At best, the round table is only the beginning of a long and complicated process. Nonetheless, the search for an understanding between ruling reformers and the movement from below is a momentous occasion for Eastern Europe.
On March 16, 1978, Aldo Moro--a key figure of Italy's ruling Christian Democracy--was captured in Rome in broad daylight by the Red Brigades (Brigate Rosse, hence the initials B.R.). Fifty-five days later, the government having refused any negotiation with the kidnappers, he was executed. Mario Moretti, the mastermind of this operation and one of the historic leaders of the B.R., is now 47 and serving the thirteenth year of a life sentence. He is the author of a recent Italian best seller, Mario Moretti: Brigate Rosse. Una storia italiana (Anabasi, 259 pp., 25,000 lire). Or, to be more accurate, this book is a lengthy interview with Moretti by Carla Mosca, a journalist on Italy's public radio, and--last but not least--by Rossana Rossanda, who also wrote the preface.
Rossanda, once in charge of culture for the Italian Communist Party, was kicked out of that organization as one of the founders of the Il Manifesto group, which criticized the Soviet Union at the time of the invasion of Czechoslovakia. Il Manifesto still exists as a daily paper, and Rossanda is viewed by many as the voice of conscience of the Italian left. Neither she nor her journal had any sympathy for the vanguard violence preached and practiced by the B.R. On the other hand, she is aware that their story is a political, not a criminal, one and, in a tragic way, a part of the history of the left as a whole. Thus Moretti's interviewers show a great deal of understanding but no indulgence, and this inner tension contributes to the value of this document.
The Moro episode takes up less than a third of the book. Moretti describes in detail the preparations, the action, the talks with Moro while they were waiting for the official response. He takes full responsibility for everything, including the execution. He hotly denies that the Red Brigades were terrorists: They never bombed blindly and always attacked specific targets. The death of Moro's guards was part of "the war with the state"; the guards took the same risks as he and his comrades. The striking feature in this description of the drama is the astonishment of the protagonists: Moretti's strange surprise on discovering that the C.P. is backing the government to the hilt and Moro's terrible realization that his closest colleagues are unwilling to make a gesture--the liberation of a few prisoners--to save his life. There is also the horrible admission, hinted at by Moretti, that killing a stranger is one thing, but killing a man with whom you have lived and talked for fifty-five days is something quite different.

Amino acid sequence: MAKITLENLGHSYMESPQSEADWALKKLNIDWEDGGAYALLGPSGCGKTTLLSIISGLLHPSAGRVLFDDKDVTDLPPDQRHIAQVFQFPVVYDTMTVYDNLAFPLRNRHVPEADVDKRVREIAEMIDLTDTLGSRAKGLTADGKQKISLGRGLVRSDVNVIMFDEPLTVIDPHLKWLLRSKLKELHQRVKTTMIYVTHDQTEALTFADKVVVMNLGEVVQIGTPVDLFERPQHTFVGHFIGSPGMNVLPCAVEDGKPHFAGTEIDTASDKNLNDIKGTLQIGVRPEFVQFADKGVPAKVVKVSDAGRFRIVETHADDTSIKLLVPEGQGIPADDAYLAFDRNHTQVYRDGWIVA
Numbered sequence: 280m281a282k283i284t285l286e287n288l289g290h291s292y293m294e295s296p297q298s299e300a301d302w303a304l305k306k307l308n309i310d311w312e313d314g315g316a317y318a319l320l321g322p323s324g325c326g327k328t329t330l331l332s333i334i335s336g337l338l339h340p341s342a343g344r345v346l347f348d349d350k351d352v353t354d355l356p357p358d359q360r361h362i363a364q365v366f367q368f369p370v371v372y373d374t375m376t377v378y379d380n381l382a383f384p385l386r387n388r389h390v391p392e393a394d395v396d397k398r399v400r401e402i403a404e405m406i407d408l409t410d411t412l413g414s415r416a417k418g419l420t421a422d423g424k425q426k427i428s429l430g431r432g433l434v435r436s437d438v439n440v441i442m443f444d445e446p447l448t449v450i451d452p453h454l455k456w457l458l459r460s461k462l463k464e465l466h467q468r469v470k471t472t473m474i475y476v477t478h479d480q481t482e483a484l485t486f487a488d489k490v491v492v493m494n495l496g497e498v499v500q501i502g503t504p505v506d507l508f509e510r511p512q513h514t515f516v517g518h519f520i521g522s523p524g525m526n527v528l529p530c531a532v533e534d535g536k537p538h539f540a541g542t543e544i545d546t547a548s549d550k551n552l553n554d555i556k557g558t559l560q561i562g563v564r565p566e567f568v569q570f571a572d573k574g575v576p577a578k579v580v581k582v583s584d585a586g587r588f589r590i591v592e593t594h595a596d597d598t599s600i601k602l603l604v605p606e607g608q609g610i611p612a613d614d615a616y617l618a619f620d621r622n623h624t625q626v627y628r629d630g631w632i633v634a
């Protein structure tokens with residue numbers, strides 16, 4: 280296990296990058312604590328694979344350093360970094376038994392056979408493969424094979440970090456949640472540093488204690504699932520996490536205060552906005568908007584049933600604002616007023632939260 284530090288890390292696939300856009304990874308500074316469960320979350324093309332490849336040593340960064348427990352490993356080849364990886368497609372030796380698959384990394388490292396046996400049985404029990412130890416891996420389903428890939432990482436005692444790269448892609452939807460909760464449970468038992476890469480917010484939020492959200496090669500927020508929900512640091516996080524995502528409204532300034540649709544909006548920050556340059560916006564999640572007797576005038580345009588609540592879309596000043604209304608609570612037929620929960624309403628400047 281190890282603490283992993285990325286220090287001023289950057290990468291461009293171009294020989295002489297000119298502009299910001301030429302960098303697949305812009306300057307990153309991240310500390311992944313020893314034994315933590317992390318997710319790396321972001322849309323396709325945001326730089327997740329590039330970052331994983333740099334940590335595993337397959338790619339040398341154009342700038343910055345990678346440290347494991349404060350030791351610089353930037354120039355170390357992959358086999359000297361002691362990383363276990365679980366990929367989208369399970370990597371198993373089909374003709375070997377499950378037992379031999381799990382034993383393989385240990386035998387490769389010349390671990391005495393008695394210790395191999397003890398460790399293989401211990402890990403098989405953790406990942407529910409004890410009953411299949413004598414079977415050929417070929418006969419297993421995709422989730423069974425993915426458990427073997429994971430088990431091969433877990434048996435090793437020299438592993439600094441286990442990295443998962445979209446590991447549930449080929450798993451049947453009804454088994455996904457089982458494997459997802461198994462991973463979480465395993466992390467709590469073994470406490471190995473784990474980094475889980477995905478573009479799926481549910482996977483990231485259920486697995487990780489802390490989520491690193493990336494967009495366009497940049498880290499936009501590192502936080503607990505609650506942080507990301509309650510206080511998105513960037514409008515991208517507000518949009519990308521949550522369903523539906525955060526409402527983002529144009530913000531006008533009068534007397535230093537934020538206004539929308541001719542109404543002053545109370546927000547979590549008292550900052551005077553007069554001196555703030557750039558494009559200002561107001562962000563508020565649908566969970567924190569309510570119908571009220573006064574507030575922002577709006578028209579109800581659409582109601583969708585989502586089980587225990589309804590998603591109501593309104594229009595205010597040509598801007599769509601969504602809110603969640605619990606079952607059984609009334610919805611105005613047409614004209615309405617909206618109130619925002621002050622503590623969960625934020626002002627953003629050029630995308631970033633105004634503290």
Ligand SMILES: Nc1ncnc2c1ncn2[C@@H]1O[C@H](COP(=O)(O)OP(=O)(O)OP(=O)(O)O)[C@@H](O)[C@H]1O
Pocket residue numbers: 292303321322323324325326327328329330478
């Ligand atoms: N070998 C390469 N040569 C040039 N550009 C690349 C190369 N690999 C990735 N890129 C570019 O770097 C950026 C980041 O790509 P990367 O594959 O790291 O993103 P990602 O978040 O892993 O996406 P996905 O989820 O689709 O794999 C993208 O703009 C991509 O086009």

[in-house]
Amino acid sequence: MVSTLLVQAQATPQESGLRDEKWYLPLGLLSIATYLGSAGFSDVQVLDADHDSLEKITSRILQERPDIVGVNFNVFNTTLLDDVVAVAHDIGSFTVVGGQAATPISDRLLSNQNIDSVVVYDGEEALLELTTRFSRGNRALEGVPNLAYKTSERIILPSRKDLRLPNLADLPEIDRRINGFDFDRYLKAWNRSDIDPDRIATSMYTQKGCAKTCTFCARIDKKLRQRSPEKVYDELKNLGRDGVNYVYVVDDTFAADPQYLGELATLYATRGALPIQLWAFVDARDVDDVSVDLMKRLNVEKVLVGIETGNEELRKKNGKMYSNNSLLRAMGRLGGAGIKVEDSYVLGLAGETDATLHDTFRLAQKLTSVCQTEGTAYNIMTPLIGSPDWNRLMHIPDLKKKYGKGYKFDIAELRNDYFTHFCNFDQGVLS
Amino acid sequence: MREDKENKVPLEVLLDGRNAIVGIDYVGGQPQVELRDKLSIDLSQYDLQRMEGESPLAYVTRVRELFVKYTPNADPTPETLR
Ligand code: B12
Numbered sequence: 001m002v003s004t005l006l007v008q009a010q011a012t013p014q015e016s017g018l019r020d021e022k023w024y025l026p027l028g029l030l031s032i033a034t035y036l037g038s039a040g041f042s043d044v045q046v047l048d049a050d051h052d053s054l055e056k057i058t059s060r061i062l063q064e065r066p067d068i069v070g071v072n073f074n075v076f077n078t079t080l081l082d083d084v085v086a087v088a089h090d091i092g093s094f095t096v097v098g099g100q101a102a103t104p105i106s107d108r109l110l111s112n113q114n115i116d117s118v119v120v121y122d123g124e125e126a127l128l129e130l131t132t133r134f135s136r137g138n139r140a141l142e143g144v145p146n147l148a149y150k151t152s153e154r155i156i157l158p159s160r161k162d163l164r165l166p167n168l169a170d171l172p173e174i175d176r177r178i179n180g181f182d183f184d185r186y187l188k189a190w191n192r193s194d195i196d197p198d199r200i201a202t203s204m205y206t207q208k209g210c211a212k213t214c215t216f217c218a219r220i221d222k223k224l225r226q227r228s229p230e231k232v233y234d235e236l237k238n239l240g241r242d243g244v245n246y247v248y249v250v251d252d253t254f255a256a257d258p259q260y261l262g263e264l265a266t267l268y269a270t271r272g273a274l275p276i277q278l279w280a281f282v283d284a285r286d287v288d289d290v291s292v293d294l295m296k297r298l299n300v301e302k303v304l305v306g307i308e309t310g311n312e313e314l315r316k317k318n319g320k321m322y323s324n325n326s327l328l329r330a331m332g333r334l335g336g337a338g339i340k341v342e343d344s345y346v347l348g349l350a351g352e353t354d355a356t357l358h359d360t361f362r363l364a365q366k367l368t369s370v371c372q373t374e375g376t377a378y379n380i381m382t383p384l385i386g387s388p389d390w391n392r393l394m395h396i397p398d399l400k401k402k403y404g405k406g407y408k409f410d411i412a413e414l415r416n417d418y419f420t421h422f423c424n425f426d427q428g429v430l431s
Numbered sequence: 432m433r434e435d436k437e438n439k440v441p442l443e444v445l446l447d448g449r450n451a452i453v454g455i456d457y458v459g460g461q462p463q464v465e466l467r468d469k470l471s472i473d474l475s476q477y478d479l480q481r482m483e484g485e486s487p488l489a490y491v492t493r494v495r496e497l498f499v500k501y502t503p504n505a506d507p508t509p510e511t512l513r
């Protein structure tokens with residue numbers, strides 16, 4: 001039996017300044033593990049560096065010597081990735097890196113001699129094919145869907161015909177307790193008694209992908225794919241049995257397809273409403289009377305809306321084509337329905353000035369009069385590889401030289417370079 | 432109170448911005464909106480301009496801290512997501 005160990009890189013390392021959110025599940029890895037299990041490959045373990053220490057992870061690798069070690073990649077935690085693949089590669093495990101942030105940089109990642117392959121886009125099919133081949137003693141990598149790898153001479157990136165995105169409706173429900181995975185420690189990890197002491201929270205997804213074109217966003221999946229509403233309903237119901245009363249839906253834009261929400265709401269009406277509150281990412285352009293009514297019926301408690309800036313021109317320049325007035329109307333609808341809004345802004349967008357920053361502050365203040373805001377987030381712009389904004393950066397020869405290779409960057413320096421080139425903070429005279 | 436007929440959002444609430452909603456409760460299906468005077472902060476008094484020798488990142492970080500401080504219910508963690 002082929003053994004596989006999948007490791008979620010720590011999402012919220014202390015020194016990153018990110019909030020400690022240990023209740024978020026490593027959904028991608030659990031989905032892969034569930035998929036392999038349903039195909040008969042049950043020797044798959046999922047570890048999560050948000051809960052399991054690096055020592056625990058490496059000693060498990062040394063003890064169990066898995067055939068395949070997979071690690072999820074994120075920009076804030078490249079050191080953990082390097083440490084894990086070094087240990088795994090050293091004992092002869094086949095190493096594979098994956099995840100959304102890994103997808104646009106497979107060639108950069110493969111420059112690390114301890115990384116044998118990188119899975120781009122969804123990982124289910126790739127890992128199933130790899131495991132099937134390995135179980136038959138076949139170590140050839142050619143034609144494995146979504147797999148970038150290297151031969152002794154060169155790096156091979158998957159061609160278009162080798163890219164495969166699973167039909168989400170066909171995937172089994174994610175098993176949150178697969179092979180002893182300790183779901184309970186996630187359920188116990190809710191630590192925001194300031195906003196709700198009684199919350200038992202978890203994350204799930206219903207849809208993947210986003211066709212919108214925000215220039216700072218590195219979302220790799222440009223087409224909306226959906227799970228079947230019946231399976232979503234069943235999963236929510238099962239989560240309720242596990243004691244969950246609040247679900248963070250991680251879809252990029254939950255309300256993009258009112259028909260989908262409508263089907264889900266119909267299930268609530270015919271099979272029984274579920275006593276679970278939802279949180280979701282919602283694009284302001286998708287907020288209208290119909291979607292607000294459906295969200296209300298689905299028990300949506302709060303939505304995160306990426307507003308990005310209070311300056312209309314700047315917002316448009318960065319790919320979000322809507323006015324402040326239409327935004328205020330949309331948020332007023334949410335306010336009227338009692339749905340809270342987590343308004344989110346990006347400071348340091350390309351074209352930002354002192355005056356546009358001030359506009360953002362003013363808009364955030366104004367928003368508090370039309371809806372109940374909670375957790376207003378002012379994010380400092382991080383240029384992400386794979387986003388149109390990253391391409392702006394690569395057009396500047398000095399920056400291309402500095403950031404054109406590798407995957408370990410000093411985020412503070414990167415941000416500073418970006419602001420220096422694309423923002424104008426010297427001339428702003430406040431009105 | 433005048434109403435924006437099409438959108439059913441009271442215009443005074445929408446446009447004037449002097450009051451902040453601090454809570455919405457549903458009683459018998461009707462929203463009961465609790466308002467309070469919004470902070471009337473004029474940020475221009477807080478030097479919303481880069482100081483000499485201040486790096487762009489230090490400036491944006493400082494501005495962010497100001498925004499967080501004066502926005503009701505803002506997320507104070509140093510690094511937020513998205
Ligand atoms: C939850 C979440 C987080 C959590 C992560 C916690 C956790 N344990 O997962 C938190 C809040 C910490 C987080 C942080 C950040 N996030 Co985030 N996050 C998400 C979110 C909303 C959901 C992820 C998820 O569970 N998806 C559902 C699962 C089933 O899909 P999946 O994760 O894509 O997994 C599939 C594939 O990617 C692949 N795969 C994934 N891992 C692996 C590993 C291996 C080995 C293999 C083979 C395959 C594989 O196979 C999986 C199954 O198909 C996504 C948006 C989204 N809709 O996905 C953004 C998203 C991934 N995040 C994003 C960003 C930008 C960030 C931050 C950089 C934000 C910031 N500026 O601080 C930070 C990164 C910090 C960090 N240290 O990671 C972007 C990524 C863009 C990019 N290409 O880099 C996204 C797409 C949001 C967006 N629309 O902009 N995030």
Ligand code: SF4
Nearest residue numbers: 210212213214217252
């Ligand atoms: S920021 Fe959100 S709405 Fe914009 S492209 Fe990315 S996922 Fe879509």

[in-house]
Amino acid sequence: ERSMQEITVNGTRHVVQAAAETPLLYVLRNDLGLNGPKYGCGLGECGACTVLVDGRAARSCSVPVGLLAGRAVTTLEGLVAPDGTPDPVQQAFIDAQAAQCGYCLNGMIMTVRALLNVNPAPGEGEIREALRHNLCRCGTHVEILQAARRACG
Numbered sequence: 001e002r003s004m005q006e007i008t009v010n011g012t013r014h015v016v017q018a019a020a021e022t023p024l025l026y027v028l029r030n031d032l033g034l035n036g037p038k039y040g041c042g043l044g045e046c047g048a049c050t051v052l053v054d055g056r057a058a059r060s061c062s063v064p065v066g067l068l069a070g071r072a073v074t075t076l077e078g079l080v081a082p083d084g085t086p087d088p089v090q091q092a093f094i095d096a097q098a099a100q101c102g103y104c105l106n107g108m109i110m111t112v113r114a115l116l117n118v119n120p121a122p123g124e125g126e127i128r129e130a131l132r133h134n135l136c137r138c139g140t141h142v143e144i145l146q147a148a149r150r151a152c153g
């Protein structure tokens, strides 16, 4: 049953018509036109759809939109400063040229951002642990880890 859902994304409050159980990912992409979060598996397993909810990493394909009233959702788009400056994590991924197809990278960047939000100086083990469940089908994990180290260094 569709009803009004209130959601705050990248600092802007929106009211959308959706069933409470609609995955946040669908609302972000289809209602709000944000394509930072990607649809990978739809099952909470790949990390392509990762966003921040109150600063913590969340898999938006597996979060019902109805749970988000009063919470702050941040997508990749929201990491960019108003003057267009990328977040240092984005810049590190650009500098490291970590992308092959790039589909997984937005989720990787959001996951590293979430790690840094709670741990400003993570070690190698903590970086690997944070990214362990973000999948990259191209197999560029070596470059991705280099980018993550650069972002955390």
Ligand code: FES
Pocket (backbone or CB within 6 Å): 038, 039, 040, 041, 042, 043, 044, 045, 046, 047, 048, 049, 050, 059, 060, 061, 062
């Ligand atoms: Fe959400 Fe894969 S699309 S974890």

Was it absolutely necessary to kill the former prime minister? The interviewers admit that the kidnapping--which showed the underground movement's ability to challenge the state--was popular in some quarters, but insist that the execution was not. Releasing Moro, they argue, would have gained much approval for the B.R. and raised real problems for the establishment. Moretti rejects such analysis with passion. "For an organization of guerrillas which had carried out such an extraordinary operation...to have let Moro go without an exchange," he maintains, would have been to admit that "the revolutionary policy is on the defensive and the state is invincible. This was unacceptable." This strange view was apparently almost unanimous among his comrades, which suggests that a guerrilla movement driven underground develops a logic of its own.
Italy's Red Brigades were unique. They were unlike the Sandinistas, the Tupamaros or, to stick to Europe, the I.R.A., all movements of national liberation, whereas the Brigate described themselves as "the armed instrument of class struggle." And unlike the Weather Underground or Germany's Red Army Faction, the B.R. had genuine roots inside factories. Actually, they were born in the big enterprises of Milan such as Pirelli (where Moretti had been a technician) and Siemens, then spread to Turin, Italy's other industrial center, and only afterward to Rome. They were also the byproduct of a vast social upheaval, the Hot Autumn of 1969, which revealed the militancy of the Italian labor movement.
Their early actions--seizing and then releasing bosses in various factories to show that authority could be challenged on the shop floor--generated a lot of sympathy and support. The hard core of the B.R. was always rather small; there were only ten to fifteen real illegals in each factory brigade. Even counting all sorts of auxiliaries, the B.R. never numbered a thousand people. But because of that backing they were nevertheless able to defy the Italian state and its mighty machine of repression for a dozen years. Does this mean that the B.R. were in the factories like fish in water? Reading this book makes me realize that one of the mistakes of the Brigades was working under this assumption.